In fact, I highly recommend this book. The content and drawing exercises benefit every artist willing to treat them like a course, no matter your level.
After all, if I can learn more about color matching, mixing and selection after over 20 years of using colored pencils, you can too!
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I also bought this book when it first came out as I really wanted more knowledge in color picking. I started just reading the book but have now gone back and am working thru it doing the exercises. It’s fantastic so far! I am on the color wheel exercise. Some of this is review but I know that will create a foundation for everything else. Thank you for the review…. I liked reading that too. 🙂
I’ve been an artist all my life (I’ll be 61 this week,) and I thought I knew about color wheels and layering. I did know a few things, but this book has revealed just how much I still have to learn. I’m up to the blending bars, now. The exercises so far have been studies in deliberation. I’ve been working on slowly down and also practicing scumbling. Two things I’ve needed for a long time!
Well Carrie, I need some of the practice too on scrambling. BTW…I turned 59 last month so we are near the same age.
Happy belated birthday, then!
The computer auto corrected scrumbling and put scrambling…ugg!
LOL, that’s why I usually turn off the auto-correct.
Carrie, I also purchased this book. For the first time, I feel like I “get” it. I am working through the exercises, but I read it all first. This made value and intensity very clear to me. I understood value in graphite, but could not get the hang of it in colors. This will do a lot for my abiity to “pick” the right color. That was my biggest issue. I am so excited!
Excellent, Lori, and thank you for sharing.
I usually like to read through something first, then do the exercises, but I was so interested in Amy’s exercises, that I read about the first exercise, then did that before moving on to the next.
Well I might just have to download that book and get me some of this training I desperately need [being just a little color blind myself]. And by the way, young ladies—–I’m 66 years old. LOL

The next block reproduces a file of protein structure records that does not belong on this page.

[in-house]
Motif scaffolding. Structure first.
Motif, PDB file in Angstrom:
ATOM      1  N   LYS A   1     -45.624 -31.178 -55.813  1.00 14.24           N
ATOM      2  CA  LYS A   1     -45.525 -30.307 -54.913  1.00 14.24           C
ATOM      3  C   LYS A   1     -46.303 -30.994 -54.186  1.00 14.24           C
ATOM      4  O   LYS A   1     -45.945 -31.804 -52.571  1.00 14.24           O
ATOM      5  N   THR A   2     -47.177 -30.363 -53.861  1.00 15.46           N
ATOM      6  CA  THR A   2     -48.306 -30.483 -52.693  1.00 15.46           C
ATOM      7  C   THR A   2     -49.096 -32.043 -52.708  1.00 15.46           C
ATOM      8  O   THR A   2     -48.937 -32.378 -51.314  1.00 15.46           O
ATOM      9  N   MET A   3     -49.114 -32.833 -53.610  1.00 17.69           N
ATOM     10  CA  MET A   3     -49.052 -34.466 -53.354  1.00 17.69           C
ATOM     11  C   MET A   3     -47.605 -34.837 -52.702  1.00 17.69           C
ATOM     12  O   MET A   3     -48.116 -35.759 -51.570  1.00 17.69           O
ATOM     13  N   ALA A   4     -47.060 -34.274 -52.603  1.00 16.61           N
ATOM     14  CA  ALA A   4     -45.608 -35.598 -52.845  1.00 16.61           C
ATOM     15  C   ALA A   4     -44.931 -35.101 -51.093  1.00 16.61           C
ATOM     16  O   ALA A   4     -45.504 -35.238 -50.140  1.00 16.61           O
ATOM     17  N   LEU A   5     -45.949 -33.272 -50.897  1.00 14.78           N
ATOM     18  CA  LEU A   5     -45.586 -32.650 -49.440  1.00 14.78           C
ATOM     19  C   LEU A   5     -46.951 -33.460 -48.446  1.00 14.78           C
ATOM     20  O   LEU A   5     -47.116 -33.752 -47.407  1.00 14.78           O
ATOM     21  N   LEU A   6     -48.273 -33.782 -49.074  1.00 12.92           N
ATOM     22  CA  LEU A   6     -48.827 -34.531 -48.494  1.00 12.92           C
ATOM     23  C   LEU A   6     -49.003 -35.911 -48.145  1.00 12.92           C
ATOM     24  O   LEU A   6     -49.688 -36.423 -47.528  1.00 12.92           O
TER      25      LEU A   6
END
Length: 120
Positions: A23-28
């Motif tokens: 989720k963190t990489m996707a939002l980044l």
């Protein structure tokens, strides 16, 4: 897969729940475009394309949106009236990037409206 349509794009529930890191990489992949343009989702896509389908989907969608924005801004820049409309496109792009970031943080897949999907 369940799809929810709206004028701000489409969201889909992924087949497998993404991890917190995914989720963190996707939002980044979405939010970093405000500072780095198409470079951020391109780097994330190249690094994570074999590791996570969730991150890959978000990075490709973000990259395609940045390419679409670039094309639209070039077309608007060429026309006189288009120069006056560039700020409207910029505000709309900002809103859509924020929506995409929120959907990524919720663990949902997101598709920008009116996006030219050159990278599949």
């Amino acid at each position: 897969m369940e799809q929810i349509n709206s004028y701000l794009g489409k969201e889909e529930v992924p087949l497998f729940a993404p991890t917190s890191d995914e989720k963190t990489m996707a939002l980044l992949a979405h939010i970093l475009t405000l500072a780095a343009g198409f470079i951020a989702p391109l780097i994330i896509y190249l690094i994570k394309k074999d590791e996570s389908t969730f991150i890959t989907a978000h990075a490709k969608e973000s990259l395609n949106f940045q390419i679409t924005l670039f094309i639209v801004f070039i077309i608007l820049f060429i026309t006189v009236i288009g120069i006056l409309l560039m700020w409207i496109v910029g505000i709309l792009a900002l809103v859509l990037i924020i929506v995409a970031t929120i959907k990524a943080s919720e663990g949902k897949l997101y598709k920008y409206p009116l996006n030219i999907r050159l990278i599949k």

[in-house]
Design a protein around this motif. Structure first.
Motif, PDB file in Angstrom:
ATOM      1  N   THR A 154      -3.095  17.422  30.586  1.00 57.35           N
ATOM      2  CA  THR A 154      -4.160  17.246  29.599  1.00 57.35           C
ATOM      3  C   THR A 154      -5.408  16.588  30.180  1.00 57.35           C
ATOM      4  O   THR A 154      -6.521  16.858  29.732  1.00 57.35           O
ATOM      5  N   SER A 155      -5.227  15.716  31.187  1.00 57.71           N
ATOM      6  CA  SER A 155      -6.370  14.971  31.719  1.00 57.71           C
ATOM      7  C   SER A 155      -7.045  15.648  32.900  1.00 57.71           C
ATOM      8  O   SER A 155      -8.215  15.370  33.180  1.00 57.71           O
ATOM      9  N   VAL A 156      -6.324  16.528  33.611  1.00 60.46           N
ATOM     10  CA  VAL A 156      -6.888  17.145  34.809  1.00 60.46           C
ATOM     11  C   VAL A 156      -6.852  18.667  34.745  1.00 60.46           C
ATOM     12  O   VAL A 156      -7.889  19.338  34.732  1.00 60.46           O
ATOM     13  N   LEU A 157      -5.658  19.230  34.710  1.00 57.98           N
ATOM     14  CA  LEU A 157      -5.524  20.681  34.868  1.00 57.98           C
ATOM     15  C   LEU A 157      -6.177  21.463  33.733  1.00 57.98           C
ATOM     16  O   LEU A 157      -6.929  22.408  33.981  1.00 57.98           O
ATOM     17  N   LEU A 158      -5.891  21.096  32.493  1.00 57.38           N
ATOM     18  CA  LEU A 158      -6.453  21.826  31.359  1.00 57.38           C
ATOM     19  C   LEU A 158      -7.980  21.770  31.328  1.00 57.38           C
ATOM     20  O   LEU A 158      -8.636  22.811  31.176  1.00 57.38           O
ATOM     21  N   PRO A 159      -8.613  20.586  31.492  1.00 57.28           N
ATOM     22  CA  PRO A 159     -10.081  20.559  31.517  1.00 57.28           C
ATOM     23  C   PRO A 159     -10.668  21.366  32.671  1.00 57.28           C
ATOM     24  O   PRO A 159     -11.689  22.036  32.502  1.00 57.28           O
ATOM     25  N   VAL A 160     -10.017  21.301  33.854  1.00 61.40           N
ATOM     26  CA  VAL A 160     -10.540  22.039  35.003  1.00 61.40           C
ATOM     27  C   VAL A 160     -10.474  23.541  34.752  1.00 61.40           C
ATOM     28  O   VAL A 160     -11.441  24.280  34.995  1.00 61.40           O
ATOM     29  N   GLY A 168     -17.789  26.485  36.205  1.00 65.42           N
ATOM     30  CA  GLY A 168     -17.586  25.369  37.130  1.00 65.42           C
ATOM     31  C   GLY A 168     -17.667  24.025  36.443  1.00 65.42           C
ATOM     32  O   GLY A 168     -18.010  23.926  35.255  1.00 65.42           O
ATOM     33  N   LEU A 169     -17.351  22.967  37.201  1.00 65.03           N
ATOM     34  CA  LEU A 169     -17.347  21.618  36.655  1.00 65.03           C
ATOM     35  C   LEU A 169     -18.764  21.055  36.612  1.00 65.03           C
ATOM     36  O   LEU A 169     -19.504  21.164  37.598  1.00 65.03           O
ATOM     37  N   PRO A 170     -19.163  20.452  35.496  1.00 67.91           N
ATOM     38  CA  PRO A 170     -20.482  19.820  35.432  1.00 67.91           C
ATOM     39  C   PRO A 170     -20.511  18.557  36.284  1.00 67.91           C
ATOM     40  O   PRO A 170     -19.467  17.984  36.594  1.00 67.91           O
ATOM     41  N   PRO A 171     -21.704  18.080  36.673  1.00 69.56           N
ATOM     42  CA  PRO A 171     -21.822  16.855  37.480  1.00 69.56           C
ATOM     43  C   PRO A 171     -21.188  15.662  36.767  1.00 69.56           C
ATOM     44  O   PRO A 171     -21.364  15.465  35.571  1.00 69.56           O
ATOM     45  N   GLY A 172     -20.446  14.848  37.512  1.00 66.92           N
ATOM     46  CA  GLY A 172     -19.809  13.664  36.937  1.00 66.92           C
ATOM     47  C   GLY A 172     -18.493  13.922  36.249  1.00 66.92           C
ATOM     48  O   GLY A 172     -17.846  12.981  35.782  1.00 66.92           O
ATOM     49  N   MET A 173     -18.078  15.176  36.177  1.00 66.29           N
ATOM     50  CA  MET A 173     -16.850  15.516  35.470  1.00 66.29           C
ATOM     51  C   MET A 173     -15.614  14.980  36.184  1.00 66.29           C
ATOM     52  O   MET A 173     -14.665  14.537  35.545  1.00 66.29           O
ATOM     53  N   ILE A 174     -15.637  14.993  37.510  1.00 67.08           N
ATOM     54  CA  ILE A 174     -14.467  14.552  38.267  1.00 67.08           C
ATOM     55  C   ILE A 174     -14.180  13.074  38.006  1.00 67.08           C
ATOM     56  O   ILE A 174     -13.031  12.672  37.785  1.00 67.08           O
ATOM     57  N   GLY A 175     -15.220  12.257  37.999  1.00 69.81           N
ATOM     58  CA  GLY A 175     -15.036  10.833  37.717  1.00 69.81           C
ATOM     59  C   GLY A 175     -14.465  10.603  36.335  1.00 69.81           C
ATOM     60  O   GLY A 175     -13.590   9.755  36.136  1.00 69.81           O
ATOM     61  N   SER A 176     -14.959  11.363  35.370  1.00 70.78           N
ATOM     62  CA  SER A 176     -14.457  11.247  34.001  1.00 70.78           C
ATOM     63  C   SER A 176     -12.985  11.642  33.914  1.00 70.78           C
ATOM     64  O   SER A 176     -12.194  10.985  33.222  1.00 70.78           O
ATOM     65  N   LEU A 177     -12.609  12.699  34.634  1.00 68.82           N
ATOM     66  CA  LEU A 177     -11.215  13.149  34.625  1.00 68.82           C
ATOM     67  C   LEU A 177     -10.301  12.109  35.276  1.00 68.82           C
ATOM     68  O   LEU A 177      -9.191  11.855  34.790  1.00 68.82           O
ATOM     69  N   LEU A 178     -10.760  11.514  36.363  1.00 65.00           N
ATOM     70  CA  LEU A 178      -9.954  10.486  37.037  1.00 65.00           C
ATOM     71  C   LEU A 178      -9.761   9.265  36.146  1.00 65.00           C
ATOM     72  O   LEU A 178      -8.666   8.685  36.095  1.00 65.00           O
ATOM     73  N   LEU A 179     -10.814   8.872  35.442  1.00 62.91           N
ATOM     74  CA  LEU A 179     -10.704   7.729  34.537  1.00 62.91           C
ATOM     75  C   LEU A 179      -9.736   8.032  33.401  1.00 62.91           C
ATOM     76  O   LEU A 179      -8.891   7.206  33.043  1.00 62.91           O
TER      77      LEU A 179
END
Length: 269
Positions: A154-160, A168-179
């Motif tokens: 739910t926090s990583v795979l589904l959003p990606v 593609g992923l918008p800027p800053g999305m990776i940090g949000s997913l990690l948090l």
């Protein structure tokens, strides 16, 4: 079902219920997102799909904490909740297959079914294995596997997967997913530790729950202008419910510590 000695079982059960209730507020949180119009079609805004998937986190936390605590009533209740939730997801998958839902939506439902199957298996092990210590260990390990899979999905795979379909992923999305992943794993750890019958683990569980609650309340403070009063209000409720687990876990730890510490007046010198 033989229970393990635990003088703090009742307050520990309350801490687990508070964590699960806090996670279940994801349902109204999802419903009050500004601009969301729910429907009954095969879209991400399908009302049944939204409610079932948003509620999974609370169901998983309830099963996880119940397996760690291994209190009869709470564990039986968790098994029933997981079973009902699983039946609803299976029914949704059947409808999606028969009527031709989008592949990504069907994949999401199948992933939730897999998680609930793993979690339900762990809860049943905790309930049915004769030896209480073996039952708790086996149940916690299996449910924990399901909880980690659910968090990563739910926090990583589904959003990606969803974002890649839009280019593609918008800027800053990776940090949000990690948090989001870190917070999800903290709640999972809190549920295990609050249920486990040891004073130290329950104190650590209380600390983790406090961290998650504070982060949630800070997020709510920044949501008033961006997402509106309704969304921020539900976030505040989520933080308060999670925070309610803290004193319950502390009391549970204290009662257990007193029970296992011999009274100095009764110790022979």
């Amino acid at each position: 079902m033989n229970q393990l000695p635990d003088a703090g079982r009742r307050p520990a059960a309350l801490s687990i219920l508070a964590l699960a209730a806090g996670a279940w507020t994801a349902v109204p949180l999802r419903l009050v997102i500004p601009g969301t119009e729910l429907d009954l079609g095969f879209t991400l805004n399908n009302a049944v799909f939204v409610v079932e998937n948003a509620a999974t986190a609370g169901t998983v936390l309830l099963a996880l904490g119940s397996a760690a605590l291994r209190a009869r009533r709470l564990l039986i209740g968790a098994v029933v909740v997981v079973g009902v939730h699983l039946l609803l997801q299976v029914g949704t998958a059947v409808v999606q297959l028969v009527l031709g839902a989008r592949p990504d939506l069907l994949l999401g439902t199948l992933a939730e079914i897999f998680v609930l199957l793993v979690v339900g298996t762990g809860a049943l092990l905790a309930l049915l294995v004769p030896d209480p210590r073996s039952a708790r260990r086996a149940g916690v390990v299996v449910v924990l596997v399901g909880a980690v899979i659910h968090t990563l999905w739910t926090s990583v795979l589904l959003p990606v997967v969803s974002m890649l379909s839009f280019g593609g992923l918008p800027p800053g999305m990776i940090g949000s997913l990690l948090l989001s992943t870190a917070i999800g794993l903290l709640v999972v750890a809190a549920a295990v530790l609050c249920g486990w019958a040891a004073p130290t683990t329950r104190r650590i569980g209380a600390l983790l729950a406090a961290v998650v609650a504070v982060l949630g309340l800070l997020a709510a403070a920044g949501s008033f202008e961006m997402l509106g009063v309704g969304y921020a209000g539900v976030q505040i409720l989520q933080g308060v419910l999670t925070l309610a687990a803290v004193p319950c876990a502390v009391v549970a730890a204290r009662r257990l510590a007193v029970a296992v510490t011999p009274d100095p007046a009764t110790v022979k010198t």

The book is a very good one. I have loved doing the drawing exercises, and have also learned a lot about color mixing, layering, and scumbling. I’ve been at this art business for over 40 years, so there’s something to learn for every one!
By the way, Richard, I’m not that far behind you in age. I turned 61 this year!
I absolutely love this book. If I had only one complaint, it would be the jumping around and that is only because I struggle learning that way. For instance, the cherries. I struggled retaining the information because of the jumping around between the cherries and leaves. I do wish you could have worked on one at a time. I will probably do that one again. Otherwise, this books is amazing and truly one if a kind. I learned a lot I can take with me along my new journey of art.
I’m glad you found the book useful and helpful.
However, I did not write the book; I only reviewed it. But your point is taken. Every artist works in a different way. Some of us work through an entire piece, completing it as a whole. Others finish one section, and then move on to the next section.
If you do the cherries exercise again, you might try doing one cherry to completion following Amy’s instructions. You’d have to find each of the steps for that part of the drawing as described in the book, but I think it could be done.
Thank you for reading my review of Amy’s book, and for taking the time to leave a comment.